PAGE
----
The fallout from the COVID-19 pandemic provided state lawmakers with a new talking point this year as they pushed public programs to send students to private schools.
In statehouses around the country, advocates for private school choice pointed to frustrations with school closures and remote-learning struggles as they touted vouchers, tax-credit scholarships, and education savings accounts.
And they saw a wave of success: Six states had enacted new programs by July 1, and a bill to create a new program in Missouri awaited Gov. Mike Parson’s signature. Governors also approved expansions of 14 existing voucher and tax-credit scholarship programs by loosening eligibility restrictions or expanding their budgets.
“Closures and difficulties with online learning have left children in educational peril,” said Wisconsin state Rep. Barbara Dittrich, a Republican, as she pitched an expansion of the Wisconsin Parental Choice Program that was later vetoed by Gov. Tony Evers, a Democrat.
“Allowing more families to choose which school is best for their child” would help to “accelerate educational recovery,” she said.
National groups that promote private school choice pointed to parents’ frustration with districts’ shifting plans for in-person and hybrid learning throughout the 2020-21 school year alongside longstanding arguments about giving families alternatives.
But groups that oppose voucher and tax-credit scholarship programs said linking the bills to the pandemic was a cynical ploy. Districts’ struggles to respond to the pandemic were exacerbated by years of underfunding, said Jessica Levin, director of Public Funds Public Schools, a campaign organized to oppose vouchers and similar programs. District leaders have pointed to inadequate staffing, outdated buildings, and poor ventilation systems as hurdles to in-person learning.
“This really emphasized the need to stop any program that diverts those limited resources away from public schools and to stop focusing on this red herring of funding private schools that aren’t going to welcome all students or serve them well,” she said.
Educational administrators in affected states expressed concern that the programs would destabilize school systems in recovery. Private schools aren’t held to the same performance or reporting standards, they said, and some may set stricter admissions requirements, leaving students like those who are gay or transgender with fewer options. And, while some private school choice programs are targeted toward students with disabilities, some expressed concern that private schools have less oversight to ensure they meet those students’ needs.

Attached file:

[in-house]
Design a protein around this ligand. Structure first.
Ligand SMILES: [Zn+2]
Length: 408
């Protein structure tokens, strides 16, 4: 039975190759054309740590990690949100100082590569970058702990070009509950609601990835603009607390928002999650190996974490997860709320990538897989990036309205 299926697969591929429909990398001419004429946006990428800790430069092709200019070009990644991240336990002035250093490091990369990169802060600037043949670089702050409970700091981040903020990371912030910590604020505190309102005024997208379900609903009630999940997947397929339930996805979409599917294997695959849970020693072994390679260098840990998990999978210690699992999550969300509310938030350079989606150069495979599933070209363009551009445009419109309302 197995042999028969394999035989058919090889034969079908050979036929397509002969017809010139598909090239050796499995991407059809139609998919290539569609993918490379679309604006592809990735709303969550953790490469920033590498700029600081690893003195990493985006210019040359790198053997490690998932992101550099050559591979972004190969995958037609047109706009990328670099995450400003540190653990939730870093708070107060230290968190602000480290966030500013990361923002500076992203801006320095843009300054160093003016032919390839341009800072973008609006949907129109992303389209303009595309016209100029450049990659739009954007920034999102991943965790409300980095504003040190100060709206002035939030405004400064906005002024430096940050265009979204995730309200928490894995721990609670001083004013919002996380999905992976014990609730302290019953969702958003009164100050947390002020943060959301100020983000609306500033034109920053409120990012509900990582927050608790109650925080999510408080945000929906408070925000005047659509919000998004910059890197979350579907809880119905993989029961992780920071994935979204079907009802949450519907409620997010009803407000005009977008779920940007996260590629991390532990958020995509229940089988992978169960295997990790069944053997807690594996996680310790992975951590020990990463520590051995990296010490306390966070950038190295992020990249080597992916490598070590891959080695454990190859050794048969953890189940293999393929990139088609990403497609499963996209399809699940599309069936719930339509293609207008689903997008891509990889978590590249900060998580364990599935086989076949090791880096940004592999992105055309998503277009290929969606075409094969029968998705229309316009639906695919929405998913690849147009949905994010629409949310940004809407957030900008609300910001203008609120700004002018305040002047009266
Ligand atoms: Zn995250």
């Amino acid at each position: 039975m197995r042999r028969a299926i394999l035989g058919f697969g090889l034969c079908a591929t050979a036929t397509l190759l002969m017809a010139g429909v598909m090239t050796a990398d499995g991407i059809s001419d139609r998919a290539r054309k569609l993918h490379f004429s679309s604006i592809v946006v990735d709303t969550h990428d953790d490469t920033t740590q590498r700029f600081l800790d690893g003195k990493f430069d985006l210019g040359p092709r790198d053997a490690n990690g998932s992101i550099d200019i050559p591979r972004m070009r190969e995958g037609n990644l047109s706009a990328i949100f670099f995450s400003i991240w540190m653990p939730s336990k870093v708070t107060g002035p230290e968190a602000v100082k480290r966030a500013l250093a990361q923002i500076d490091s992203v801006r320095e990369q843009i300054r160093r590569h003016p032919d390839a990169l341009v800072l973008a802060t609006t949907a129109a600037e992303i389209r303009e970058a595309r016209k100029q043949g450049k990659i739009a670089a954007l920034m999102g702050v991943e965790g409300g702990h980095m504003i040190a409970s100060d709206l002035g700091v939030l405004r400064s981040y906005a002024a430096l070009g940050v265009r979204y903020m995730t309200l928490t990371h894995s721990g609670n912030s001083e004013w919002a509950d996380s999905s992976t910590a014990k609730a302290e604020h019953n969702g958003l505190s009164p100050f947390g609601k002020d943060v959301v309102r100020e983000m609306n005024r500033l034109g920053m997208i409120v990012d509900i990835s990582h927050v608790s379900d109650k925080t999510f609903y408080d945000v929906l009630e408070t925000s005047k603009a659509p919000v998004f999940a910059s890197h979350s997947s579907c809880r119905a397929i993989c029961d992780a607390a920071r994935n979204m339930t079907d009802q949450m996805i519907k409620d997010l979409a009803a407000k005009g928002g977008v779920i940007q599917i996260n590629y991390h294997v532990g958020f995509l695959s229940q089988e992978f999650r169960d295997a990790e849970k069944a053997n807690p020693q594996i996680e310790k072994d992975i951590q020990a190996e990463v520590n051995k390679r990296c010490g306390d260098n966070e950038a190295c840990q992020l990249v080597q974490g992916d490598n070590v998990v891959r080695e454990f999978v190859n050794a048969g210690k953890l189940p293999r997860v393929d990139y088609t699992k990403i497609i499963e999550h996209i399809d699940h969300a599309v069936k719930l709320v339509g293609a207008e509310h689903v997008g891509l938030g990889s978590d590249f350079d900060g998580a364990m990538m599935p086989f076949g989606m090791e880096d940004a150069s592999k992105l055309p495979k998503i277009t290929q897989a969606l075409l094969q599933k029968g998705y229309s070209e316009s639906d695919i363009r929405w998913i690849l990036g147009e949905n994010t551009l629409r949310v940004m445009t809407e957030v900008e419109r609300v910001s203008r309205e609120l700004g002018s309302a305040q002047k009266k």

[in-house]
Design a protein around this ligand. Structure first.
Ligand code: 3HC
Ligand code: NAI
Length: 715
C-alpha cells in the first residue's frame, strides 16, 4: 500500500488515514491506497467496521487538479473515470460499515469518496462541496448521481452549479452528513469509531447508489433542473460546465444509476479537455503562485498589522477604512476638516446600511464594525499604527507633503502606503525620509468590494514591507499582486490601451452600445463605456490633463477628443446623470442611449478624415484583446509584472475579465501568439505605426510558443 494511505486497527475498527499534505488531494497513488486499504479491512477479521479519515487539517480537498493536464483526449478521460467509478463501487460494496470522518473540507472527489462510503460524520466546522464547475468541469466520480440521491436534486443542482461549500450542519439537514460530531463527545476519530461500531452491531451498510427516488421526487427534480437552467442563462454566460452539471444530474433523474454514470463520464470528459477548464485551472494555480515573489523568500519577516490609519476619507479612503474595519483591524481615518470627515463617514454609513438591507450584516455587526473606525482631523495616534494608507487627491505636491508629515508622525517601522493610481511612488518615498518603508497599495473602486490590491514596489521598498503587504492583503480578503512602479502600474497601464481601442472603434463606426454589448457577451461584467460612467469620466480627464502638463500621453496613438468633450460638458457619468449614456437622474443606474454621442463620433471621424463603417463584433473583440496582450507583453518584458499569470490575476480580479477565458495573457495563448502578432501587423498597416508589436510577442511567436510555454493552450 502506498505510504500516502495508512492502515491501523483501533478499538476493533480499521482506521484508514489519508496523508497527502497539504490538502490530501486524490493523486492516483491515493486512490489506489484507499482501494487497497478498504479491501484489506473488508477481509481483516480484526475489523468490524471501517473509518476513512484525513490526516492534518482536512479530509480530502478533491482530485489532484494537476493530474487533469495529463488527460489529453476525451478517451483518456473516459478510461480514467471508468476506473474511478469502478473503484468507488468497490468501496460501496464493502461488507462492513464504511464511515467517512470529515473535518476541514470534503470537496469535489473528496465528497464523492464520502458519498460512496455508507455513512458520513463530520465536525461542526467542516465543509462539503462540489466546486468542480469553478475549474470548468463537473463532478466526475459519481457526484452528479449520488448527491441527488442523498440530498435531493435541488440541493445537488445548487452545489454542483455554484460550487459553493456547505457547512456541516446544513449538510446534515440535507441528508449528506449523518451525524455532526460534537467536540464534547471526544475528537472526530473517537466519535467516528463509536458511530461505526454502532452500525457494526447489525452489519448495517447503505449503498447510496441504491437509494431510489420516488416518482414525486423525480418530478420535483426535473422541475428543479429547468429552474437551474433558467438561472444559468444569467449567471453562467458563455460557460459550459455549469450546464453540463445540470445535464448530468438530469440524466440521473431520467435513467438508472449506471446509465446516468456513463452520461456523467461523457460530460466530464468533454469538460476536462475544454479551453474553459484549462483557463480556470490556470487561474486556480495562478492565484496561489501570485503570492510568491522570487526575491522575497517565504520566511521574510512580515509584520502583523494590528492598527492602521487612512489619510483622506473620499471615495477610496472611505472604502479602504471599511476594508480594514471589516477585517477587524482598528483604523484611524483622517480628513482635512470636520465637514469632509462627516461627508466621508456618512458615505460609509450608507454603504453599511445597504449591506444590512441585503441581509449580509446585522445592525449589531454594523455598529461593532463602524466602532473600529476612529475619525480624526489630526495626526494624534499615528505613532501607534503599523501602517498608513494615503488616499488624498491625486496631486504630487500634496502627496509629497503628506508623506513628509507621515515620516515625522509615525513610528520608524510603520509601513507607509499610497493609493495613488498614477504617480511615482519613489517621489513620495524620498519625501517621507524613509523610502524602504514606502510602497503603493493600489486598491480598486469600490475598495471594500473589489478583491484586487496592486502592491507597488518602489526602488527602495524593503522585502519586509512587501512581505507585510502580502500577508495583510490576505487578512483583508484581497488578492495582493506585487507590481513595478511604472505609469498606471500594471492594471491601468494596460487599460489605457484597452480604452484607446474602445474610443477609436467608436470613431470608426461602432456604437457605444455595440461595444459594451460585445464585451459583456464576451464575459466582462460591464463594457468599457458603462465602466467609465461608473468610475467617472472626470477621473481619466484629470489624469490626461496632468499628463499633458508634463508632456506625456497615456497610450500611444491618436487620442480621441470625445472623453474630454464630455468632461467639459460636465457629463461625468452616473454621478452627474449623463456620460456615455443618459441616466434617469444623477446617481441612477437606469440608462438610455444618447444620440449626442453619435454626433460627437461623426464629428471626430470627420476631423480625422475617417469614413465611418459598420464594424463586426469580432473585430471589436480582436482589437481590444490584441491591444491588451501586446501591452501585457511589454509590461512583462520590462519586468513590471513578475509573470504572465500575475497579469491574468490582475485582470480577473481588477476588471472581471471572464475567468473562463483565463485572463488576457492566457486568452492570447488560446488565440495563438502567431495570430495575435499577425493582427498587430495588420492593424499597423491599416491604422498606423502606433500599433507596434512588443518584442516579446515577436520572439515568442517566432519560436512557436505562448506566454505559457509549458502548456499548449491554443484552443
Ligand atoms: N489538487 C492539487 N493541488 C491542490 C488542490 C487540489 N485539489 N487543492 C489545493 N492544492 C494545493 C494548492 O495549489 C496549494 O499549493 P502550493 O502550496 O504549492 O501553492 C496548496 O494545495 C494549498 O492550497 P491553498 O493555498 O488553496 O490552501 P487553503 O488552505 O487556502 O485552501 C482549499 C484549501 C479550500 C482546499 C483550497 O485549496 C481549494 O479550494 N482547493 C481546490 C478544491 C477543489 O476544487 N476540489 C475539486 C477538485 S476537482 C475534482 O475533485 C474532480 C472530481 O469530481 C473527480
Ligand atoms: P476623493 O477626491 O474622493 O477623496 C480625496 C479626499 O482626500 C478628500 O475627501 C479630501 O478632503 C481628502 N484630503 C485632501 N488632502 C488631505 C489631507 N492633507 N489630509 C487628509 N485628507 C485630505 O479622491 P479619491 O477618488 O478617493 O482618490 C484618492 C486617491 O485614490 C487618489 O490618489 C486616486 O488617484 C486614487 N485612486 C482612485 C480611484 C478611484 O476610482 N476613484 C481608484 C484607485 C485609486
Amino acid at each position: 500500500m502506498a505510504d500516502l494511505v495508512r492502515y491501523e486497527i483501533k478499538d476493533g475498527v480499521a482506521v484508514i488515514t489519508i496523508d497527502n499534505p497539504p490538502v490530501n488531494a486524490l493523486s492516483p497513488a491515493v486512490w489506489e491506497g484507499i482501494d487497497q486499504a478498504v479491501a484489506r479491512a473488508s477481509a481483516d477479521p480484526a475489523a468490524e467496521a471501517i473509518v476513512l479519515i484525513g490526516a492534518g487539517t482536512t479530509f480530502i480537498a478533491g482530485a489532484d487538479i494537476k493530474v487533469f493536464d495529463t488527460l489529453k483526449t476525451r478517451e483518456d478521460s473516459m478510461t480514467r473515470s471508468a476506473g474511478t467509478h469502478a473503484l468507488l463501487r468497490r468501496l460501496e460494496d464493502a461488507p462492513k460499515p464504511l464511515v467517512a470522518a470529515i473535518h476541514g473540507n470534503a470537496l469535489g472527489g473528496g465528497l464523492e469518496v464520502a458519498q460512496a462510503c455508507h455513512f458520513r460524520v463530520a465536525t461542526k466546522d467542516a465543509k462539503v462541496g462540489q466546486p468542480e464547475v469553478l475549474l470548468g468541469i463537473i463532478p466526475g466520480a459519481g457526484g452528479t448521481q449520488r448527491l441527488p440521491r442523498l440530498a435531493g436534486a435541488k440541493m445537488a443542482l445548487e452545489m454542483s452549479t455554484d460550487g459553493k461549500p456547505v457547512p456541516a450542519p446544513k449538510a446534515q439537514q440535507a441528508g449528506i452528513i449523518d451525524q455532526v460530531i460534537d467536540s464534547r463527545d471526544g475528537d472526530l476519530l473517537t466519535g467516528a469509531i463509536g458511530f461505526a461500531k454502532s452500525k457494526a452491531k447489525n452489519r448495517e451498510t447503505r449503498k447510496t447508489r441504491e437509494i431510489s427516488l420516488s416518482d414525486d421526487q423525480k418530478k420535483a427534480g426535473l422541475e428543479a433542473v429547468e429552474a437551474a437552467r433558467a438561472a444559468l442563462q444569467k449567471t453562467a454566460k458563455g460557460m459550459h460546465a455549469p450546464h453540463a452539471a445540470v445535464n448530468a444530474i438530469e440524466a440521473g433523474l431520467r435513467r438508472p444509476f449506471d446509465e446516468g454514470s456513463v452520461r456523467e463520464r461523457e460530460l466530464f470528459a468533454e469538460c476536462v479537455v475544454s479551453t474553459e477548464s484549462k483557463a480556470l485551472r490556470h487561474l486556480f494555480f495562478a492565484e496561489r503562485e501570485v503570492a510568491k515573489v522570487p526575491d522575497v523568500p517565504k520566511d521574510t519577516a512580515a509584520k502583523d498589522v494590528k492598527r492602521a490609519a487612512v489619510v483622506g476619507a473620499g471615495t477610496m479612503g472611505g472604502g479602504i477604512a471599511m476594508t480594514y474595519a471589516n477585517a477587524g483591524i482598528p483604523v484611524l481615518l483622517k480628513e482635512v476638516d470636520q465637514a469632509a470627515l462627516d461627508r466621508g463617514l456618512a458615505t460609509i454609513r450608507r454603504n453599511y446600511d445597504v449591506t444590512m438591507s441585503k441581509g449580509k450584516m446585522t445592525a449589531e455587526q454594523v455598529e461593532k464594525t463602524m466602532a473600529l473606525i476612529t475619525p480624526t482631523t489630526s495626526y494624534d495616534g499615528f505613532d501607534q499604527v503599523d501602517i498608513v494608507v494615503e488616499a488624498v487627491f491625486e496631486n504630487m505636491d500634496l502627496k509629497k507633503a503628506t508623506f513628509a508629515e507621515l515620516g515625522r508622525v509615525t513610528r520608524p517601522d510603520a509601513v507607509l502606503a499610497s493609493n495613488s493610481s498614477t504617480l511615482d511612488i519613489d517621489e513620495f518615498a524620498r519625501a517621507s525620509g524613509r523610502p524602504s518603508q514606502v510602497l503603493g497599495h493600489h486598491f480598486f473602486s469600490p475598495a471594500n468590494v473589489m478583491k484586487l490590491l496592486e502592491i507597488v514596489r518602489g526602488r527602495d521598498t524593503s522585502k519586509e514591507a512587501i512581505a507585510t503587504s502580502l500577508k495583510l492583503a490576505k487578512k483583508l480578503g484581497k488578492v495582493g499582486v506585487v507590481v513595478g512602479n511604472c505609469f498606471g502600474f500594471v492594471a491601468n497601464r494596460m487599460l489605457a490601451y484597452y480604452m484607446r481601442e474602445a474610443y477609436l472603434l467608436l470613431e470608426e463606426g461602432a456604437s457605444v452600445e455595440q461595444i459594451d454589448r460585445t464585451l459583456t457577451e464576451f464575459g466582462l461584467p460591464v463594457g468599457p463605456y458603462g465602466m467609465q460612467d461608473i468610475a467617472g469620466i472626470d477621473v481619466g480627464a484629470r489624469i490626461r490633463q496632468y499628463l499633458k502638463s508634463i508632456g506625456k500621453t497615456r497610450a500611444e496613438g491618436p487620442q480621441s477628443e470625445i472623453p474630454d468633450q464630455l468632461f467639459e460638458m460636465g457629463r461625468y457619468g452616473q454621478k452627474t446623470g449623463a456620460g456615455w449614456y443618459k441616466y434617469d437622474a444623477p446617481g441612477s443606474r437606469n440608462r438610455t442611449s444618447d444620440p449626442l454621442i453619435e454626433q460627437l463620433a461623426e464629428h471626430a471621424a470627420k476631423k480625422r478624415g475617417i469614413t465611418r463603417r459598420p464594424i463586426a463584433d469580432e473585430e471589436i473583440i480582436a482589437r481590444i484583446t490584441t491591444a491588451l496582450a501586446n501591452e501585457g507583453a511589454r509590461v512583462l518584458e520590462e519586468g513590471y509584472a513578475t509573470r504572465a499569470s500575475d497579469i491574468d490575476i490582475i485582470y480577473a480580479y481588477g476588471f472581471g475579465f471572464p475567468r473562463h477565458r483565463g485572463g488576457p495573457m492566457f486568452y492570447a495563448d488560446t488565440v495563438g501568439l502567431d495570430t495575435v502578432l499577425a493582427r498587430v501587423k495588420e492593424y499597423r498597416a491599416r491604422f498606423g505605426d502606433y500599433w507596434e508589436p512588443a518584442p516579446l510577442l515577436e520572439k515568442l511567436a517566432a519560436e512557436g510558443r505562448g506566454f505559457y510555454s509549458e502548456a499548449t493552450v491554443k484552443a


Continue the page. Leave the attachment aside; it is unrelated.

New programs support private school attendance
Vouchers provide families with state scholarships to send their children to private schools. Through tax-credit scholarships, states provide private donors credits, typically dollar-for-dollar, in exchange for contributions to private scholarship funds. Education savings accounts allow families to spend those funds more broadly, paying for things like tutoring services and home school materials in addition to private school tuition.
Among the biggest moves in states’ 2021 legislative sessions: West Virginia created the most-expansive education savings account program in the country, making most of the state’s students eligible for the Hope Scholarship Program, which will provide up to $4,600 in state funds per student. New Hampshire’s budget includes a new educational savings account program available to families with incomes up to 300 percent of the federal poverty line.
The number of education savings accounts programs doubled to 10 as a result of this year’s sessions, said Jason Bedrick the director of policy at Ed Choice, an organization that advocates for such programs.
“There are quite a few states that went pretty big this year,” Bedrick said.
While states have typically targeted vouchers and other private school scholarships at smaller populations, like students with disabilities and students from low-income households, more states adopted broad programs in 2021 or expanded eligibility for those already in place.
Indiana expanded eligibility to include families with incomes up to three times the limit for students eligible to receive free or reduced-price lunches at school. Some states, like Florida and South Dakota, removed requirements that students had to previously attend a public school to qualify for a voucher or scholarship. Arkansas created a new program and expanded an existing one, adding children from military families to eligible recipients alongside students with disabilities and children in foster care.
While many state lawmakers supporting those efforts cited the pandemic, others drew on established rhetoric from the school choice movement.
“This is about allowing parents to make decisions for their children,” Arkansas State Sen. Jonathan Dismang, a Republican, said in an April committee hearing. “Poor children are not the property of our public schools.”
Pandemic disruption becomes a school choice talking point
The effort to link COVID-19 frustrations with demand for state choice programs started early in the pandemic, when former U.S. Secretary of Education Betsy DeVos pushed to allow federal relief funds to “follow the student,” allowing them to attend private schools if their public school did not fully reopen.